Fair Lawn Schools Form Drug Task Force 

Fair Lawn Schools Form Drug Task Force 
Posted by FoM on November 17, 1999 at 07:36:53 PT
By Teresa M. McAleavy, Staff Writer
Source: Bergen Record 
Educators who decided in April to make public the findings of a districtwide drug survey are busy enlisting students, parents, and community members in efforts to curb substance abuse.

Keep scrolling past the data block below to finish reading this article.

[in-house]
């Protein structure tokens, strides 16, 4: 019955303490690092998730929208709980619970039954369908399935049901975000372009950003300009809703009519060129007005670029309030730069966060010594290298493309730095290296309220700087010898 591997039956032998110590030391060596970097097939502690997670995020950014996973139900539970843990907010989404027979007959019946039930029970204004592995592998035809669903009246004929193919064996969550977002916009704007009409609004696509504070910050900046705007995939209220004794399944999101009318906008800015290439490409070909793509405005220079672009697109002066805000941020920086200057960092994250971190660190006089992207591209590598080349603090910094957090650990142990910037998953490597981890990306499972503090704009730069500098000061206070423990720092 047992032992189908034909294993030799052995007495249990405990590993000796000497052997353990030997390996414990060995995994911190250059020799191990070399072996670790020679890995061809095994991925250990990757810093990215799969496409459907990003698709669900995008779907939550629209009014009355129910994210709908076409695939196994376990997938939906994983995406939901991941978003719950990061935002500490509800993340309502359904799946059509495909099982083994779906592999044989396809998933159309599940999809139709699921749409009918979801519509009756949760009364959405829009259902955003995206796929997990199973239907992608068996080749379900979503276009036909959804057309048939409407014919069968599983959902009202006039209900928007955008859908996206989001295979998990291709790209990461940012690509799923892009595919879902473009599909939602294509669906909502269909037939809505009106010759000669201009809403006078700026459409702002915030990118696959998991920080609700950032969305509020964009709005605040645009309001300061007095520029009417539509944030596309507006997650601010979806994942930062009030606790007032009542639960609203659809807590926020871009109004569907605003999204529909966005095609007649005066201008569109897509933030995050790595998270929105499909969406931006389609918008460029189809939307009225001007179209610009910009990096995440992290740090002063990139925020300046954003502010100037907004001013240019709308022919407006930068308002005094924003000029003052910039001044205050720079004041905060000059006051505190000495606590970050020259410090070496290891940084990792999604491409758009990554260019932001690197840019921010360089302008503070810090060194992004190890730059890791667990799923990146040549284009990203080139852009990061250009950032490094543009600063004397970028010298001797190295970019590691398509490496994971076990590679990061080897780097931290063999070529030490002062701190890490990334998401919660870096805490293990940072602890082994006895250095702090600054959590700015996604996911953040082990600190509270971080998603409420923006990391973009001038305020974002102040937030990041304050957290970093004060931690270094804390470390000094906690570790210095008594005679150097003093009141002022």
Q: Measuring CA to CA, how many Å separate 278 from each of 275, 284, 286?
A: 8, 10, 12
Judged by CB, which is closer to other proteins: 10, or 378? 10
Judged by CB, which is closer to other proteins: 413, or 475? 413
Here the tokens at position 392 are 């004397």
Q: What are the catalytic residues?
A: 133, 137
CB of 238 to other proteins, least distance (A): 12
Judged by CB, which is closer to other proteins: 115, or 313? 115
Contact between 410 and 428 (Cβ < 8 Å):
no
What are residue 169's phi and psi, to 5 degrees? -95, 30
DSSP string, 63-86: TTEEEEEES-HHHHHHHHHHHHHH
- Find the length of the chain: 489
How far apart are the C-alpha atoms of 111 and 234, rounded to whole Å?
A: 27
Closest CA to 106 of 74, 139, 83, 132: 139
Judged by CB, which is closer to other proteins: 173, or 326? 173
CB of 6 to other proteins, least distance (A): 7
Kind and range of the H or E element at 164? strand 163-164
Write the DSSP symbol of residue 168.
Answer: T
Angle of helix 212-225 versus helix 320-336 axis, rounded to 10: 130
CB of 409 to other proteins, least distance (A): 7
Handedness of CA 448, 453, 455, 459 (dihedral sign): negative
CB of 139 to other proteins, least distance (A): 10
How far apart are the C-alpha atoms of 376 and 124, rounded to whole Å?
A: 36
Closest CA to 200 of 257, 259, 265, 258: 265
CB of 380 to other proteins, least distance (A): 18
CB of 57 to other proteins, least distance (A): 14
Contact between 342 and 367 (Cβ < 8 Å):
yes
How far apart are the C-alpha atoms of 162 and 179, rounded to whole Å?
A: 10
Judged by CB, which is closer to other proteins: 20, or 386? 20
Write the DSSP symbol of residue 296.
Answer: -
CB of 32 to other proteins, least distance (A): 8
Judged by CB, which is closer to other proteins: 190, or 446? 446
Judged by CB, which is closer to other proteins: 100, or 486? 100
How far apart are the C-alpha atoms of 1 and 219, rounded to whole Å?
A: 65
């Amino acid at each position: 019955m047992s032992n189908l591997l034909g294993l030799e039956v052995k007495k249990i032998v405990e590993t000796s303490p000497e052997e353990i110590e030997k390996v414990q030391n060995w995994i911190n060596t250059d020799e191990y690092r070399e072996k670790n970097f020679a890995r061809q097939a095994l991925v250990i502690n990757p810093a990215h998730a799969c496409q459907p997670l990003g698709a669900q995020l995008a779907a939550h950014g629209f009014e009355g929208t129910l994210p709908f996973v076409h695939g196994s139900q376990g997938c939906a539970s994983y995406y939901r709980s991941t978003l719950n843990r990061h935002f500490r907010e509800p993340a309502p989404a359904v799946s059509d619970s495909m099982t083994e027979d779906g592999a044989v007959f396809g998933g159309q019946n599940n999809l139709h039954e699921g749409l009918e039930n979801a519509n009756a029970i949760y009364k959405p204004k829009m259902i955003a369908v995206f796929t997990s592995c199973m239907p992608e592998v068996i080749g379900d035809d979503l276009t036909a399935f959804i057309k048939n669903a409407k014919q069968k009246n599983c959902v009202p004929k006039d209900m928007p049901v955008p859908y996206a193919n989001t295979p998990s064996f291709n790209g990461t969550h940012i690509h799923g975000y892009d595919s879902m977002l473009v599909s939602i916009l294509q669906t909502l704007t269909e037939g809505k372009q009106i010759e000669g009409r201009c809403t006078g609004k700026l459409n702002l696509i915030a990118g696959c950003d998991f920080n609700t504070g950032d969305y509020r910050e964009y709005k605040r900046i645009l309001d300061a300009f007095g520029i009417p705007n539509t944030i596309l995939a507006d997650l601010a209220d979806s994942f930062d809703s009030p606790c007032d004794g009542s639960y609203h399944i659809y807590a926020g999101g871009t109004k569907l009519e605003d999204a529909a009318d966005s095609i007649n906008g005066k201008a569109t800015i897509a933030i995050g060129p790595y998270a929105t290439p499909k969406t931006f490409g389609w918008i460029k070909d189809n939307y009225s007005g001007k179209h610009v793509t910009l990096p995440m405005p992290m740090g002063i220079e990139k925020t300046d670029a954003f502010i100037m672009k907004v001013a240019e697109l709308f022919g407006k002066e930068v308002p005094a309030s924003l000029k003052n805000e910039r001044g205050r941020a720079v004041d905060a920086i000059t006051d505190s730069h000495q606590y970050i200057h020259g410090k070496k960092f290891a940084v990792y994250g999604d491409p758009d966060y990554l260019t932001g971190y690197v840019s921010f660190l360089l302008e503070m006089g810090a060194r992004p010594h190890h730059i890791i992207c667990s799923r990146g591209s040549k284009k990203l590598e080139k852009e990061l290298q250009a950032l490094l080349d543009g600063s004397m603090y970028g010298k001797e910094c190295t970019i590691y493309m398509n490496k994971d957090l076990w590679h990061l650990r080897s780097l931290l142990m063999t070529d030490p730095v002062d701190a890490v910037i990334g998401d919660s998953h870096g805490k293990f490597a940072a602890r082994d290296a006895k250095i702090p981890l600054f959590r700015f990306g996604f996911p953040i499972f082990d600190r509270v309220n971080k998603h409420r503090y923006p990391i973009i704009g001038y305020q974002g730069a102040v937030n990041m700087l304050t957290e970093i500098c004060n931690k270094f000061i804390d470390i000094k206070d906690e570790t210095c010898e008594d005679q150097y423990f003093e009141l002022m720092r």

The district has formed a task force that will explore prevention, intervention, and law enforcement tools to keep kids off drugs.The effort began after a survey of public school students in Grades 4 through 12 found that many young people in Fair Lawn, like their counterparts nationwide, are using or have tried alcohol and drugs.After learning that 18 percent of Fair Lawn's fourth-grade students have tried alcohol, 1 percent cigarettes, and 6 percent inhalants, school district leaders decided they must go beyond merely telling kids to "just say no.""This is a problem attacking all of society, and you cannot solve it with schools alone, parents alone, or law enforcement alone," said Matt Markman, high school student assistance counselor. "You need the whole community involved."Markman asked senior James Laudicina to join the task force's drug intervention committee. The committee's goal is to teach parents about the warning signs of substance abuse and to see that anyone who needs treatment for addiction gets help."Our first goal is to get local businesses to contribute so we can create a fund for people who have to go through drug rehab," said Laudicina, 17. "Most insurance companies won't pay for it, and it costs a lot."Laudicina said he'll be happy to knock on doors for donations. His desire to join the task force was fueled in part by the recent death of classmate Stephen Ciolino Jr.The 17-year-old was killed after a sport-utility vehicle he was a passenger in crashed while going about 70 mph on Plaza Road. The driver had used cocaine moments before the wreck, officials said."This is important because I just don't want to go to another funeral this year -- or ever, for that matter," Laudicina said. "The message to everyone is, 'Don't let Steve die in vain.' "Law enforcement officials would not identify the driver because she is a juvenile. But in the days after the accident, educators and classmates identified her as Rebecca Foy, 17. She has been charged by the Bergen County Prosecutor's Office with death by auto, possession of cocaine, driving while intoxicated, and other crimes."There's no question, something like that is an eye-opener for the entire community," Schools Superintendent Robert Byrne said. "It galvanizes the attention of everyone. But at a certain point we have to put it behind us, and look forward to the future."Making sure that the task force has well-defined objectives for years to come is one way to do that, he said. That's why he is asking members of the Fair Lawn Alliance for Substance Abuse Prevention, local government, law enforcement, and mental health agencies to join the task force."We all need to be involved," said Vicki Lent, who as the mother of two high school students has signed on to chair the task force's parent awareness committee. "Parents need to be as streetwise as the kids are. We're trying to get those who normally don't come out to join, because we all need to wake up to these things." Anonymous results of the American Drug and Alcohol Survey, which has been used in other North Jersey school districts, were compiled by the Rocky Mountain Behavioral Science Institute in Colorado. It asked about types of substances students have tried, the perceived availability of drugs, and where students use alcohol and drugs.In addition to the news about fourth-graders, the survey showed that alcohol had been tried by 35 percent of sixth-graders and cigarettes by 7 percent. None reported using marijuana. Among seventh-graders surveyed, 42 percent had tried alcohol, 2 percent had tried marijuana, and 22 percent had tried cigarettes. Some 59 percent of the students in eighth grade had used alcohol, 11 percent had smoked marijuana, and 35 percent had tried cigarettes.Published: Wednesday, November 17, 1999Copyright  1999 Bergen Record Corp. Related Article:Support Group Helps Suburban Youth Stay Sober - 11/04/99
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